A new year, a new season of Royal Scotsman trains and Class 37s make a reappearance after a break of a good few years. It seems that Class 47s and 57s are now banned from the Kyle Line once again. It was a foggy morning in Nairn when 37 665 lead 37 516 in West Coast Railways maroon on the 1H80 Keith to Kyle leg of the tour…I am looking forward to chasing a pair over the Kyle line this Spring.
Something I have never achieved before – a magazine cover shot!
My photography of Fence Houses, the superb 2mm fine scale layout by Bob Jones, appears in the June 2014 issue of BRM and, to my amazement, one picture featuring the Victoria Viaduct makes it onto the cover – the first time I have ever achieved a ‘cover shot’. Of course, the spoof cover of the January 2012 issue of BRM I posted on here a few years ago does not count! That picture was taken with a timer so Richard Wilson and I could look seriously like we knew what we were doing with some wiring and stuff…
Ground works and basic structures are beginning to make an appearance on my diminutive N gauge layout ‘Wheal Annah’. As many visitors to my blog will know, I like constructing bridges. The one at the right hand side of the layout is based on one on the Newquay line and has taken about six hours to complete to its current state – there’s more I can add to it! Card mock-ups of the china clay works are now being replaced by styrene card building shells or cores. The card buildings were used to check composition of the layout structures.
The back drop boards are clamped in pace so they can be removed for convenient painting at the work bench when I am ready to flex my considerably weak artistic skills. I suspect several attempts will be made at back drop painting before I am happy with it. I am toying with the idea of making the attachment temporary so they can be slid out to reveal access holes in the frame work through which a camera lens can be poked for taking pictures from the back of the layout.
In the mean time, the garden has been further livened up by the recent arrival of Hamish, our Pekin Batam cockerel. He’s only 15 inches tall, a nice guy and very noisy. The hens thinks he’s great and follow him around everywhere. Not easy to photograph, though – he won’t stay still for more than a second.
As appealing as it is, I have resisted the temptation to tackle the West Highland line or the Mallaig extension, in either OO or N gauge, despite the easy availability of excellent models of locomotives suitable for such a layout. Fortunately, others have taken up the challenge of capturing the essence of the West Highland line and its unique architecture, including Mark Darragh with his model of Rannoch in 4mm scale. It is modelled in a post privatisation condition with a variety of modern traction and rolling stock appropriate to the line including the ScotRail sleeper; engineers trains; alumina traffic; aluminum traffic; charters; petroleum and timber.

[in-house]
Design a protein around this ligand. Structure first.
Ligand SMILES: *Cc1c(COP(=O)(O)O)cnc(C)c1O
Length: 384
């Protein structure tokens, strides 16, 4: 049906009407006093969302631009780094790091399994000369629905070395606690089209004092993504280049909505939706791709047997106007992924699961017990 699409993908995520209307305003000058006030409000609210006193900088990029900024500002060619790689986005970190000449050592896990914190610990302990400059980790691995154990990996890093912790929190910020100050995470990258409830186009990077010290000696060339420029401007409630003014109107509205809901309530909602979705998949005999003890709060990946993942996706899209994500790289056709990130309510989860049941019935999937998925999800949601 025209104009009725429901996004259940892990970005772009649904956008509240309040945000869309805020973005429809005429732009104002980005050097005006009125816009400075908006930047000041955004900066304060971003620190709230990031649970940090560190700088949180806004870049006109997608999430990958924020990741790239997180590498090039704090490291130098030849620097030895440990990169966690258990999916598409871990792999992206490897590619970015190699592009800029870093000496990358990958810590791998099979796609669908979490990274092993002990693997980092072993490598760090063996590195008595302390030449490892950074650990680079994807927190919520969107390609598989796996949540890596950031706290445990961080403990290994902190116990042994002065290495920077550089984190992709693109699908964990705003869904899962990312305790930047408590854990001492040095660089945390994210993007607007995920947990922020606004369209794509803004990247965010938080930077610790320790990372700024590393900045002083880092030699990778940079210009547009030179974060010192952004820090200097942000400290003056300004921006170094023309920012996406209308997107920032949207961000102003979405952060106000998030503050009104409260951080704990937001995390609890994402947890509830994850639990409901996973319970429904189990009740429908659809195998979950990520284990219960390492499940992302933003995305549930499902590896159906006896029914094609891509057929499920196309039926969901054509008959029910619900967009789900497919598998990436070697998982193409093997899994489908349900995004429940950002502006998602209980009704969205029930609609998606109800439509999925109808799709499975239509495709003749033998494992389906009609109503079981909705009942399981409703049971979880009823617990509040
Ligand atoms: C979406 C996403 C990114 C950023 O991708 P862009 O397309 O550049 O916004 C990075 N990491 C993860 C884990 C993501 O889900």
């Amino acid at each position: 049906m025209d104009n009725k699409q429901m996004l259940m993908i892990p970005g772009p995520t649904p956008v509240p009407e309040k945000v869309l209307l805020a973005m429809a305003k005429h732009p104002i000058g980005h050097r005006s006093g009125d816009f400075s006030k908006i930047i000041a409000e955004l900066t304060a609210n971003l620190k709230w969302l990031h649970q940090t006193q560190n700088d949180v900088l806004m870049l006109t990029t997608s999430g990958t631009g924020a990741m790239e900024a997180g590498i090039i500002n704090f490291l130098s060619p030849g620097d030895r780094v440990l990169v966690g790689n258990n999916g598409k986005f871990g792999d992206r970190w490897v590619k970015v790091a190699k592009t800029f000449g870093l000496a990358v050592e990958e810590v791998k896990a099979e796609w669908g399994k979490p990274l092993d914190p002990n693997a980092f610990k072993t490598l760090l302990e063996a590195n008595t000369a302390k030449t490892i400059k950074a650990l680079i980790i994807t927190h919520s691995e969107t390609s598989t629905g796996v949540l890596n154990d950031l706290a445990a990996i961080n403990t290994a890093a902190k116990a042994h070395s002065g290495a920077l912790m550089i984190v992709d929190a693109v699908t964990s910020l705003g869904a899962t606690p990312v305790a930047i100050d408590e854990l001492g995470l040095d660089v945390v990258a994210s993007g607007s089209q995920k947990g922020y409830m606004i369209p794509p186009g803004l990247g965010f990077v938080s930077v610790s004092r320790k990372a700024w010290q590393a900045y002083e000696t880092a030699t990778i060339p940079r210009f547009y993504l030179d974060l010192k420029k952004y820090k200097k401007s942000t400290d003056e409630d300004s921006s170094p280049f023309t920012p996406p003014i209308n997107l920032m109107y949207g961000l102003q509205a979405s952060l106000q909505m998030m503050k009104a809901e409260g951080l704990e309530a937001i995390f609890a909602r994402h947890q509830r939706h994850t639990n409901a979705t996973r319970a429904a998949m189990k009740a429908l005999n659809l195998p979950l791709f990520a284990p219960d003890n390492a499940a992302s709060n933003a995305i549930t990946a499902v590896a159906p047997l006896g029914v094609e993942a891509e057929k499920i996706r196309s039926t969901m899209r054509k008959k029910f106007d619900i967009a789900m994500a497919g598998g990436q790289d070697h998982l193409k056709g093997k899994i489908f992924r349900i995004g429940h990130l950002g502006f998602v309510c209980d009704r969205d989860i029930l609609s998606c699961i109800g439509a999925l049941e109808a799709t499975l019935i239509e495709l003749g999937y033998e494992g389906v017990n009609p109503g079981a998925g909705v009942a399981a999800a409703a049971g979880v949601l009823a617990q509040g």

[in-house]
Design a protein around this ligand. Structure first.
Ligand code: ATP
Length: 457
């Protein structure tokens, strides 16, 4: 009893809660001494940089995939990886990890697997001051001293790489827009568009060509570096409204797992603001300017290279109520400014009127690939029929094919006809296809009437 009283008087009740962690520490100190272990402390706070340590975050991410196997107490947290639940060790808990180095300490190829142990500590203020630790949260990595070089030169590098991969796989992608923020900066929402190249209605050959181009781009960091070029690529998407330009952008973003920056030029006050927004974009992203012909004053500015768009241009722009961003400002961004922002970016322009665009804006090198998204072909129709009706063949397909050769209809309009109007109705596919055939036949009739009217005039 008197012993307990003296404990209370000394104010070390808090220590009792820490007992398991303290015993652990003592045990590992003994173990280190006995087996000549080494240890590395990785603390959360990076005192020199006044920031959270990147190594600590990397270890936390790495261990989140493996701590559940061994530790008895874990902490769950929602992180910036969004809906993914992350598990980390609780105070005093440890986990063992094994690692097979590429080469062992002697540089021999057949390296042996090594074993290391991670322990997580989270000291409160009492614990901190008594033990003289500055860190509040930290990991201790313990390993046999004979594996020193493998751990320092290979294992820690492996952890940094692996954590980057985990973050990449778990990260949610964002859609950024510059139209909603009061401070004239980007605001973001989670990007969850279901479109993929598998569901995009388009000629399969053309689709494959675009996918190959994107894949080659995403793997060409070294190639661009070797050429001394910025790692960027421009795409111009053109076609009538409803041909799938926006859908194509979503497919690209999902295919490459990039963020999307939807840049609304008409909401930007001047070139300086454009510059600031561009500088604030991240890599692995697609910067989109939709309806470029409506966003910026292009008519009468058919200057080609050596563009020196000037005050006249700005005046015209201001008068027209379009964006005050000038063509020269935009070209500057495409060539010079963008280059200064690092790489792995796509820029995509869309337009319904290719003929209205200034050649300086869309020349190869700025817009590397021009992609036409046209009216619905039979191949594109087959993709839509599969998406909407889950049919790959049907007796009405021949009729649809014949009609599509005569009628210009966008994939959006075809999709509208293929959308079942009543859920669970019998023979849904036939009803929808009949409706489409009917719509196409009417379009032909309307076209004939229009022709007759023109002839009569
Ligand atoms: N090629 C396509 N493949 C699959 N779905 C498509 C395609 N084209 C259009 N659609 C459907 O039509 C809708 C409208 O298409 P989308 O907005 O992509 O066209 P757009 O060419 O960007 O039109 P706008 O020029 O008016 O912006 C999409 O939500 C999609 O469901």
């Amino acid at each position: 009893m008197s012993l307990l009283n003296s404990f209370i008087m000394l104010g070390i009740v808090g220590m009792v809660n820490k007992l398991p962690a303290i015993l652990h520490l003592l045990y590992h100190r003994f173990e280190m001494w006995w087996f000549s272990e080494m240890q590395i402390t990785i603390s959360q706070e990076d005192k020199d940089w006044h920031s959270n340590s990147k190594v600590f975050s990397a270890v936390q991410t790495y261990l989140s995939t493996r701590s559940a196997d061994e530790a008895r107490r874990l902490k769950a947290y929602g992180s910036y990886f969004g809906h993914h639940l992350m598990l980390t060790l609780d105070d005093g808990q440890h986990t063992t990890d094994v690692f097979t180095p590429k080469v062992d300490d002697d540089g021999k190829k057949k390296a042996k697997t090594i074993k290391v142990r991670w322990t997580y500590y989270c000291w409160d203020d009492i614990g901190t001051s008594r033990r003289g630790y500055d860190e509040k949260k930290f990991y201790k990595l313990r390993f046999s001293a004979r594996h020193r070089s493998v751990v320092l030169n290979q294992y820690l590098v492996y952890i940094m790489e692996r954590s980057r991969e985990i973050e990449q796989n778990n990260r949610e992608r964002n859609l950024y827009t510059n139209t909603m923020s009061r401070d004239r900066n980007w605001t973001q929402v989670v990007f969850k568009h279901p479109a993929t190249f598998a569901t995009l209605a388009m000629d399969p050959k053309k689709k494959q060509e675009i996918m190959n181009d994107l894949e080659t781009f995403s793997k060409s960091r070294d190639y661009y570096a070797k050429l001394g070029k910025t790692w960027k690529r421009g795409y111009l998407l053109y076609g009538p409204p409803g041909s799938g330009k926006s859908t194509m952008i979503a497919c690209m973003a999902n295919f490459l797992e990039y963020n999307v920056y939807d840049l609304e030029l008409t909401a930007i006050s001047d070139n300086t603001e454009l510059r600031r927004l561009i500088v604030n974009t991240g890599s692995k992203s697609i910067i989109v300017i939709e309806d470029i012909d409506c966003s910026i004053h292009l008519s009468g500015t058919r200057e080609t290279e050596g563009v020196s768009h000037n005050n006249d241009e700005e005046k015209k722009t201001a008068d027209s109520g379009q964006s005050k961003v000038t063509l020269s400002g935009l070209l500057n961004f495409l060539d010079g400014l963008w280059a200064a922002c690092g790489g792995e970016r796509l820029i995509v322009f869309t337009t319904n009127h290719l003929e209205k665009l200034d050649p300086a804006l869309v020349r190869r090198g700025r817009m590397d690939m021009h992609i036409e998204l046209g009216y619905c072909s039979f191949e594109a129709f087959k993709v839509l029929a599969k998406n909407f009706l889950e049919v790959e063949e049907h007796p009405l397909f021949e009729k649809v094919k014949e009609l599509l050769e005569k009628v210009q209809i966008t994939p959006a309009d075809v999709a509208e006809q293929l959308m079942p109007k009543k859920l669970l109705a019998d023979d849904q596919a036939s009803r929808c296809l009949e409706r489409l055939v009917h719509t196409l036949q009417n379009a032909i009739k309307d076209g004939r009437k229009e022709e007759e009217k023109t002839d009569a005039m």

You can hear the rumble of that Class 37 as it crosses the viaduct at the west end of the station. Mark’s layout is a lovely creation with a great deal of attention to detail including red deer, gorse in flower, a rotary washing line in a garden and cottage scenes too. The layout is portable and available for exhibitions, Mark’s work commitments permitting. I photographed it for a layout feature in BRM and is likely to appear in the magazine in the not too distant future, so keep a watch on the news stands.
When out and about with Nairnshire Modelling Supplies, I am asked about the name ‘Nairnshire’ and its origins. Is it made up? Does Nairnshire really exist? Where is it? And most disappointingly of all is the comment, ‘Nairnshire IS made up, it cannot possibly exist…etc.’ we hear from the experts.
With that in mind, I have done something I have intended to do for a while – photograph one of the signs that greets us when entering Nairnshire. This one is on a minor road which crosses Dava Moor to the south of Nairn, just about in sight of the Cairngorm mountains. For the record, Nairnshire is part of the Highland Region of Scotland and is located on the south side of the inner Moray Firth. Our post code is IV12 and the nearest city of any size is the fast-growing and vibrant Inverness. So now you know!
A little gem of a layout hit the exhibition circuit last November at the Falkirk show. Rockvilla Goods (OO gauge) is the creation of Joe Loftus who is a member of the 12AD Model Railway Group. The layout is out and about on the Scottish circuit and is of Scottish flavour too – the Class 26 is a dead giveaway. It was photographed for BRM in the last week and the quality of the layout, which artfully fits a great deal of railway and structures into a small space, speaks for itself. It is distinctly urban and industrial without being too grimy!
Much of the rolling stock is kit-built with a good variety of heavily modified parcels vans too – very appealing indeed! Tall industrial buildings add drama to the scene. Particularly attractive is the modelling of the BR green to Rail blue transition. Joe has some part completed Rail blue parcels vans tucked away – unfortunately not complete enough to photograph, but not far off finished.